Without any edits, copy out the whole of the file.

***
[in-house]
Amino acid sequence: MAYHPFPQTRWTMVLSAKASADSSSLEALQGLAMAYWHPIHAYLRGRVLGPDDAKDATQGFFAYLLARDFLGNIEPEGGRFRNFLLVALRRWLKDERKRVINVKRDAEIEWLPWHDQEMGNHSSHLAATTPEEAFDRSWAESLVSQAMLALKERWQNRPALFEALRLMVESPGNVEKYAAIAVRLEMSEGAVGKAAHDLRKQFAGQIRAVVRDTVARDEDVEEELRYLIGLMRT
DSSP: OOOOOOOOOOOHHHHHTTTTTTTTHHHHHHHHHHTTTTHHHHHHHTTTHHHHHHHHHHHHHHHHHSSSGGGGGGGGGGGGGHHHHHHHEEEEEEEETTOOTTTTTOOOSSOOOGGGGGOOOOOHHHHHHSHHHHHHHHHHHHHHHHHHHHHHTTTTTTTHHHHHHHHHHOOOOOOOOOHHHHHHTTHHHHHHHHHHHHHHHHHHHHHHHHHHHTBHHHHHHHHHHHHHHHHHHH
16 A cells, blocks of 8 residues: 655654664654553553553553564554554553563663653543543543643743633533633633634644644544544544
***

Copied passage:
[in-house]
Amino acid sequence: MAYHPFPQTRWTMVLSAKASADSSSLEALQGLAMAYWHPIHAYLRGRVLGPDDAKDATQGFFAYLLARDFLGNIEPEGGRFRNFLLVALRRWLKDERKRVINVKRDAEIEWLPWHDQEMGNHSSHLAATTPEEAFDRSWAESLVSQAMLALKERWQNRPALFEALRLMVESPGNVEKYAAIAVRLEMSEGAVGKAAHDLRKQFAGQIRAVVRDTVARDEDVEEELRYLIGLMRT
DSSP: OOOOOOOOOOOHHHHHTTTTTTTTHHHHHHHHHHTTTTHHHHHHHTTTHHHHHHHHHHHHHHHHHSSSGGGGGGGGGGGGGHHHHHHHEEEEEEEETTOOTTTTTOOOSSOOOGGGGGOOOOOHHHHHHSHHHHHHHHHHHHHHHHHHHHHHTTTTTTTHHHHHHHHHHOOOOOOOOOHHHHHHTTHHHHHHHHHHHHHHHHHHHHHHHHHHHTBHHHHHHHHHHHHHHHHHHH
16 A cells, blocks of 8 residues: 655654664654553553553553564554554553563663653543543543643743633533633633634644644544544544